For years estate planning practitioners used a sale to an intentionally defective grantor trust (“IDGT”) to freeze the value of property from the taxable estate of a client. Although not codified in the Internal Revenue Code or regulations as an acceptable estate planning tool, sales to IDGTs have withstood IRS scrutiny.
Here’s how an IDGT works. A client has a beach house worth five million dollars and other assets valued in excess of ten million dollars. The client is willing to transfer his house out of his name in order to reduce his estate tax liability and to try to preserve the beach property for generations to come. To achieve this, the client establishes an irrevocable trust appointing his daughter as Trustee. To take advantage of the differences between the estate tax and the income tax regimes, the trust is designed to qualify as a grantor trust under Internal Revenue Code 671-679 because typically the grantor retains an administrative power under 675, such as the power to substitute assets in the trust with assets of equivalent value. These powers do not cause the trust assets to be included in the grantor’s estate and are what make the trust a grantor trust, also known as a “defective” trust. As a grantor trust, all income tax consequences that occur in the trust are taxed to the grantor. For income tax purposes the trust is a pass through entity, but for estate tax purposes the trust is respected as a separate entity. New York State adopts the federal definition of grantor trust and as such requires that income, credits and deductions of the trust be reported on the grantor’s income tax return.
The trustee of the trust purchases the beach house from the client at fair market value through an installment sale and issues a note for the payment of the purchase price. The notes can be structured in many different ways depending upon the income generated by the trust assets or the income needs of the grantor. Typically, the assets being purchased by the trust are structured in such a way that discounts can be taken to arrive at fair market value.
In order to add validity to the purchase, the trust, in most circumstances, must show that it has sufficient assets to make payments on the note. The private letter rulings on this suggest the trust should initially be funded with 10 percent or more of the value of the note. This 10 percent should come into the trust prior to the purchase as a gift from the Grantor.
Many benefits are derived from the IDGT. The structure has accomplished a sale of property, thus the property is out of the grantor’s taxable estate, generally at a discount. All future appreciation on the trust assets is removed from the grantor’s estate. For income tax purposes, the sale is essentially to the grantor himself (as a grantor trust) thus, there is no gain recognition on the sale, nor income recognition on the interest on the note. The trust will typically not require generation skipping transfer tax exemption allocation (except to the assets transferred by gift for the seed money). Since the grantor is required to pay the income tax annually, the grantor continues to spend down his estate assets. The balance of the note will be an asset of the grantor’s taxable estate if the grantor dies before the note is paid off.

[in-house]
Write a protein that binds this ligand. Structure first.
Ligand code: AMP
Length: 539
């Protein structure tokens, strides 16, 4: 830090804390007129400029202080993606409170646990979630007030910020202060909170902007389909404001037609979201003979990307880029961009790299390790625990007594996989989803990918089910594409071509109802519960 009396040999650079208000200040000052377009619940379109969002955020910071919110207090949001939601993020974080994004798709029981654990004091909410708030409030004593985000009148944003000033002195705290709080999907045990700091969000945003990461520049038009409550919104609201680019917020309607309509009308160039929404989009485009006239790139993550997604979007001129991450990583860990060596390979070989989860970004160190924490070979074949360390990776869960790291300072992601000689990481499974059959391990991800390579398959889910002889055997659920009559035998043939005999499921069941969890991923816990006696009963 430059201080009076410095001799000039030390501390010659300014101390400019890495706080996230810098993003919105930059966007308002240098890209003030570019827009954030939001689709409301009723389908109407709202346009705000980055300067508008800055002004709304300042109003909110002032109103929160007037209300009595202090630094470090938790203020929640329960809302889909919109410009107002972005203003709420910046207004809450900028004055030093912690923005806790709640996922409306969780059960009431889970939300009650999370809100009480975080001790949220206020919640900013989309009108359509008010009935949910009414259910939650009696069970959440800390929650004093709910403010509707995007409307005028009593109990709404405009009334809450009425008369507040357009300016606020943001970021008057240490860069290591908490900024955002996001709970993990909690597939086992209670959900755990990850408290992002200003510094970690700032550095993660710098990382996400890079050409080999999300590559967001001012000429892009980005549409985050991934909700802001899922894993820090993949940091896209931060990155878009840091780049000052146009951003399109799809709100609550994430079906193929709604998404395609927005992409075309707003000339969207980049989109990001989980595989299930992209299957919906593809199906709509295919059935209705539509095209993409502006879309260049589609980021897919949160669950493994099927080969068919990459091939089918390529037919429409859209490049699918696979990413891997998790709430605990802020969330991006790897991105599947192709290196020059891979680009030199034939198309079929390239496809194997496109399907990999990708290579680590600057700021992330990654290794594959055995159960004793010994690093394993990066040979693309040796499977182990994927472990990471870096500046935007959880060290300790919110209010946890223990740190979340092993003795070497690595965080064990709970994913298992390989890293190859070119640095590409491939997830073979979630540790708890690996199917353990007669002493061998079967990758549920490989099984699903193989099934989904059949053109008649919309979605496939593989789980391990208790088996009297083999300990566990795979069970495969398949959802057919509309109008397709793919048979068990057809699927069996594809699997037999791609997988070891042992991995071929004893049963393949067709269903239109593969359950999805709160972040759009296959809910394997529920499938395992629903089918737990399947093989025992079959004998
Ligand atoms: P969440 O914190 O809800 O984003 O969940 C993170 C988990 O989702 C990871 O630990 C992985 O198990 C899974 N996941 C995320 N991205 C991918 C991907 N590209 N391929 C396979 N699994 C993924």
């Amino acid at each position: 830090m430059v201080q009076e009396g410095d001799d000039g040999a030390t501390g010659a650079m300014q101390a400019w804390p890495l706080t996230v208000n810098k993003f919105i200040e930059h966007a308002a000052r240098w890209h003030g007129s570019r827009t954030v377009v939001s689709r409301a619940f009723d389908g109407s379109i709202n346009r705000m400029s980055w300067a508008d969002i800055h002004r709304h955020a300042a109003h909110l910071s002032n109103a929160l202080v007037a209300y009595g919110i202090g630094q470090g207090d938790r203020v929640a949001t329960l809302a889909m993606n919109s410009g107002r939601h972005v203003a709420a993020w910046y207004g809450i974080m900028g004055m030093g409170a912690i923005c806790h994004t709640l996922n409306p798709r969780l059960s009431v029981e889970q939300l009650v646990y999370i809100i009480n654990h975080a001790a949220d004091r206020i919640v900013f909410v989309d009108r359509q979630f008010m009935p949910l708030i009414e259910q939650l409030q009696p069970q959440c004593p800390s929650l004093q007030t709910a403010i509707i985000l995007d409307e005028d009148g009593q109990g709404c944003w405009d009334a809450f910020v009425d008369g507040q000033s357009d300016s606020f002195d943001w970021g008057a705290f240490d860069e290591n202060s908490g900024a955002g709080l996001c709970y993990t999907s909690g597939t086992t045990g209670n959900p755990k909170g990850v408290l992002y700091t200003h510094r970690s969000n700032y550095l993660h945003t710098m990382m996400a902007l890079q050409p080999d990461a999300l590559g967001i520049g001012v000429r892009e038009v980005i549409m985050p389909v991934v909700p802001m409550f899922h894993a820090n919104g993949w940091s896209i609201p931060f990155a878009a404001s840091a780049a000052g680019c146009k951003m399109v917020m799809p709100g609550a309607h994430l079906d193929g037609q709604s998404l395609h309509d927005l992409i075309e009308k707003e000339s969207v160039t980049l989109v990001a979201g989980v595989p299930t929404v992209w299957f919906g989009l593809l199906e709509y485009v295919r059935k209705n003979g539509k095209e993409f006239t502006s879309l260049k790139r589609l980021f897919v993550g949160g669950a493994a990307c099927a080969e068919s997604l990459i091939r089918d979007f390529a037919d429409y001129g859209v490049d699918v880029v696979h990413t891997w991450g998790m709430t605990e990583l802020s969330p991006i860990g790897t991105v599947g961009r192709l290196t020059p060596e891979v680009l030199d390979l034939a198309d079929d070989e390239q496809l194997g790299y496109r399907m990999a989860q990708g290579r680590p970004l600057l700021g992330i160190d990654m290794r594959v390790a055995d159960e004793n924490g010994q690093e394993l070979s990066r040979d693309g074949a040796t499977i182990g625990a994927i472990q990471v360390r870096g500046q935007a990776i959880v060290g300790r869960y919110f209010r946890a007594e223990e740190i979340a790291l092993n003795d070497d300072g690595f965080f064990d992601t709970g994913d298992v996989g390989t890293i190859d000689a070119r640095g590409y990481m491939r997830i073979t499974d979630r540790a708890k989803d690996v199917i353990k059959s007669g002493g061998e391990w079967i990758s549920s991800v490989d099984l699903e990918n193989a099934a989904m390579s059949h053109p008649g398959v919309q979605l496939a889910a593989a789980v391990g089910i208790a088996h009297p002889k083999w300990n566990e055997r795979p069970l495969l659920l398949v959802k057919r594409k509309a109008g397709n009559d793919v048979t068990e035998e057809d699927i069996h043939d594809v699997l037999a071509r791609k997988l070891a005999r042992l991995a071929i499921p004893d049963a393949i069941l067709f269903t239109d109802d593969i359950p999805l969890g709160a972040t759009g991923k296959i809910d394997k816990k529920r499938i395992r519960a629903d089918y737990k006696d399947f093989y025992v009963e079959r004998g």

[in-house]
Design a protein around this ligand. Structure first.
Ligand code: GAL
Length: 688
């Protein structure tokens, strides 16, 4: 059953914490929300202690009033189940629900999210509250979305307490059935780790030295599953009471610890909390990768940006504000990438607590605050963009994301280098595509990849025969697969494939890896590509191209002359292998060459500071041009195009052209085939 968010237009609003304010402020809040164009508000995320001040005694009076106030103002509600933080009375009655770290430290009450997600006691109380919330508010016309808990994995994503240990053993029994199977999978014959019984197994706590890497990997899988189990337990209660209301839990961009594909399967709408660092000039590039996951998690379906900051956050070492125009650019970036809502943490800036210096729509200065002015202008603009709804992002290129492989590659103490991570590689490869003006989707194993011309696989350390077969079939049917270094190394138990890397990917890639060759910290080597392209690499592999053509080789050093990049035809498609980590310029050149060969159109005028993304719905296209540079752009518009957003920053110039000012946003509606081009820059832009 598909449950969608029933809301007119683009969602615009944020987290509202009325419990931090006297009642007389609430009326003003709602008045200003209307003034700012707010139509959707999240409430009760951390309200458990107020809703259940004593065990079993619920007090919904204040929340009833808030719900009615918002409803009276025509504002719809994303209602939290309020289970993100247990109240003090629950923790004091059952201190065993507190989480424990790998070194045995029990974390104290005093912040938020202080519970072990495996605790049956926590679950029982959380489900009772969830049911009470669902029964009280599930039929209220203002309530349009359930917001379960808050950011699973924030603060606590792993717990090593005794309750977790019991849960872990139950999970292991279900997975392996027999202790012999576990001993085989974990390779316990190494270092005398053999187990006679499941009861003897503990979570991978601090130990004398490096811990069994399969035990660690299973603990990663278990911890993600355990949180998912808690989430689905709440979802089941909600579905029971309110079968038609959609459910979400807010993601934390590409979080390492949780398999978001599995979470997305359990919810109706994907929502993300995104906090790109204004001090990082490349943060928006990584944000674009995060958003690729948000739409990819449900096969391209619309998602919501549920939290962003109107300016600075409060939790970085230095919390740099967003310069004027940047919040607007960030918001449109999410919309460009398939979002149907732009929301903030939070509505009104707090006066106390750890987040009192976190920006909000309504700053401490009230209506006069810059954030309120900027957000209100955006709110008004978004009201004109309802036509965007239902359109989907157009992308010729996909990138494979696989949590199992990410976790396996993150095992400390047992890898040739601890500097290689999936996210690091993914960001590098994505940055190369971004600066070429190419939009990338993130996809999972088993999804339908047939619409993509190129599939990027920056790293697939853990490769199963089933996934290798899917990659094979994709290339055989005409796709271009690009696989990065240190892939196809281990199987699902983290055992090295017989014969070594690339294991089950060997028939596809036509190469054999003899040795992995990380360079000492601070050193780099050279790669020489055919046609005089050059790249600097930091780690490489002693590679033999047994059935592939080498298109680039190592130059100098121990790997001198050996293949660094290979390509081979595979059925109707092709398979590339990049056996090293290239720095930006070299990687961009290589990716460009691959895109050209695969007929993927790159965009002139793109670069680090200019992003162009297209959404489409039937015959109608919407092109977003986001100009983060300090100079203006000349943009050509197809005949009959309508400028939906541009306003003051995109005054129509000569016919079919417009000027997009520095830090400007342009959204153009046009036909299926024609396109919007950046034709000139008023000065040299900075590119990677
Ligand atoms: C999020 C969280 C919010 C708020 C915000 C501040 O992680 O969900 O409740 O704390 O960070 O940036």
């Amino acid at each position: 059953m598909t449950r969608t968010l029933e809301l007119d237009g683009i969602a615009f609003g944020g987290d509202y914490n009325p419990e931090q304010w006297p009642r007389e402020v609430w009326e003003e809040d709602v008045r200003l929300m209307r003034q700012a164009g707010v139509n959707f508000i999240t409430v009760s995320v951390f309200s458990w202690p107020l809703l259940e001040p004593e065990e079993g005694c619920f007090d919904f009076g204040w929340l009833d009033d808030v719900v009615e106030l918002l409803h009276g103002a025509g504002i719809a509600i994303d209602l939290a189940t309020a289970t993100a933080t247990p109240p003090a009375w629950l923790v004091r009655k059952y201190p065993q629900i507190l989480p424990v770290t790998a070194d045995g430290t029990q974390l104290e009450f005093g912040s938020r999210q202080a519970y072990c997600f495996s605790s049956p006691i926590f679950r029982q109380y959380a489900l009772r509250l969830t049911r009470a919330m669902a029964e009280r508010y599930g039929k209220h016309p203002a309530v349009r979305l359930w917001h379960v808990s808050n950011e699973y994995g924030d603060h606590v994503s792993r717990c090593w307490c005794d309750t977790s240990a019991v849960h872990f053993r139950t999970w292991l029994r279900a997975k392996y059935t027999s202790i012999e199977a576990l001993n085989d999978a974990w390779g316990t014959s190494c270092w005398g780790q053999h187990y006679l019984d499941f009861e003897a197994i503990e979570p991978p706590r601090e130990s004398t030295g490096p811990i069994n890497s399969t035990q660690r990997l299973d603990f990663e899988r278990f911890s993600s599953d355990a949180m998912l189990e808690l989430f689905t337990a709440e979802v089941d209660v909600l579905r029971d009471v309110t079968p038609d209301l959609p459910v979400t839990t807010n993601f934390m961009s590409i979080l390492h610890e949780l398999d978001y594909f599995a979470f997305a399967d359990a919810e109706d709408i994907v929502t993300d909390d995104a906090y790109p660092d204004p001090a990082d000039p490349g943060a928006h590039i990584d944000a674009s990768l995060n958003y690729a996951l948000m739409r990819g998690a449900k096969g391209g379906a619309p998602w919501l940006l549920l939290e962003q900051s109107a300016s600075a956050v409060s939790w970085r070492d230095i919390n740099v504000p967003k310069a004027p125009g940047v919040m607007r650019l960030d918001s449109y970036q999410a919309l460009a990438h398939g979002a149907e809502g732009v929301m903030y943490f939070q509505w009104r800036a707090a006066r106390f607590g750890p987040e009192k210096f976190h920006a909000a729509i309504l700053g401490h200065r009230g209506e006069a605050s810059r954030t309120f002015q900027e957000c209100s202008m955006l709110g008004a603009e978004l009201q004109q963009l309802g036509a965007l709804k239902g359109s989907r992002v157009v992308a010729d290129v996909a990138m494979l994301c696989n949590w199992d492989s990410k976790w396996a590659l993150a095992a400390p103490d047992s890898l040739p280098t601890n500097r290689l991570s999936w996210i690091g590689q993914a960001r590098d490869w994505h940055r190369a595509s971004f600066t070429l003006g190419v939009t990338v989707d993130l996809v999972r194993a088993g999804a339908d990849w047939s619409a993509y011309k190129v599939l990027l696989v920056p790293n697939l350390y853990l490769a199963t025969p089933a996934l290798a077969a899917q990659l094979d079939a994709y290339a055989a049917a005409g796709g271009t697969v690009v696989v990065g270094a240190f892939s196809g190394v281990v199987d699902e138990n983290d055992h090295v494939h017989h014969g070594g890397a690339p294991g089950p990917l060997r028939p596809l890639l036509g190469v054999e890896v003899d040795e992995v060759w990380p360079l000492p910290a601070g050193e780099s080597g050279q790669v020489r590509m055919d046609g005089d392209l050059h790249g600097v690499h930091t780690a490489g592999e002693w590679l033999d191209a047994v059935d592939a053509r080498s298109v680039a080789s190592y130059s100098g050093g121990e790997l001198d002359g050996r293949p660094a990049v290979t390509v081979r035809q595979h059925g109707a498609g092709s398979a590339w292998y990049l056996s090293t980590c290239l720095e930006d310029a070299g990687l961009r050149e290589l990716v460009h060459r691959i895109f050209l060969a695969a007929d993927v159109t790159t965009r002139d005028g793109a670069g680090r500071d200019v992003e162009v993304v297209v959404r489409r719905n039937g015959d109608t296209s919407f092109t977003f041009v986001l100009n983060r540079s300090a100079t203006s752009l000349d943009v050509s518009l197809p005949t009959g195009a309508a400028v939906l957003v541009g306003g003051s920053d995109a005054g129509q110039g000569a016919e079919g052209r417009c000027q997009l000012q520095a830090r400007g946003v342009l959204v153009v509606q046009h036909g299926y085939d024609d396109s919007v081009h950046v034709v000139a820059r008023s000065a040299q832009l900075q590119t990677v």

So why the case for alarm? Recently, New York State Division of Taxation and Finance ruled in a private administrative ruling, that the sales of real property to an IDGT are subject to the real estate transfer tax.
Why is New York Department of Taxation and Finance requiring real estate transfer tax (RETT) be paid on transfer that is technically to one’s self? Well they haven’t quite yet, but they did issue an advisory opinion, TSB-A-14 (2) R, which can lead us to conclude that a transfer of real property to an IDGT will also be subject to RETT. Although an advisory opinion is binding only upon the person who requested it and is based on the facts and circumstances specific to the particular situation, as a tax practitioner, we can glean the position of the department from these opinions. In TSB-A-14 (2) R, a grantor of a IDGT funded the IDGT with cash shortly before the tax laws in effect in December of 2012 were set to expire, thereby making a gift to the trust of the cash. In effort to add more effect to the IDGT later, the grantor wished to exercise her power to exchange property in the trust for property of equivalent value, namely an apartment in New York City. The Commissioner of Taxation and Finance ruled that the exchange of property from the grantor to the trust is a “conveyance” triggering RETT under New York Tax Law Section 1402 (a) (a tax rate of $2 for every $500 conveyed). The commissioner went on to say that in order to be exempt from RETT as a gift, there must not be any consideration for the conveyance. This sentence leads us to conclude that the transfer of property to IDGT in exchange for a note will also cause RETT to be due.
If New York is going to be requiring transfer tax on sales to IDGTs, then the practitioners should exercise caution when transferring real property to IDGTs. Other options exist such as first transferring the property to an LLC. The transfer of real property to an LLC, which the grantor wholly owns, is not subject to RETT. Once the LLC is funded, transfer the LLC interest to the IDGT, which is NOT a transfer of real property subject to RETT. With careful planning, use of the IDGT can serve as a very valuable estate planning tool and not cause real estate transfer tax.
Note: Laura I. Dunathan is partner of the firm, Twomey, Latham, Shea, Kelley Dubin & Quartararo, LLP in the estate planning department. Ms. Dunathan’s primary areas of practice are estate planning, estate and trust administration, elder law, taxation and the representation of non-profit organizations. Her personalized service and attention to individual circumstances is a hallmark of her practice.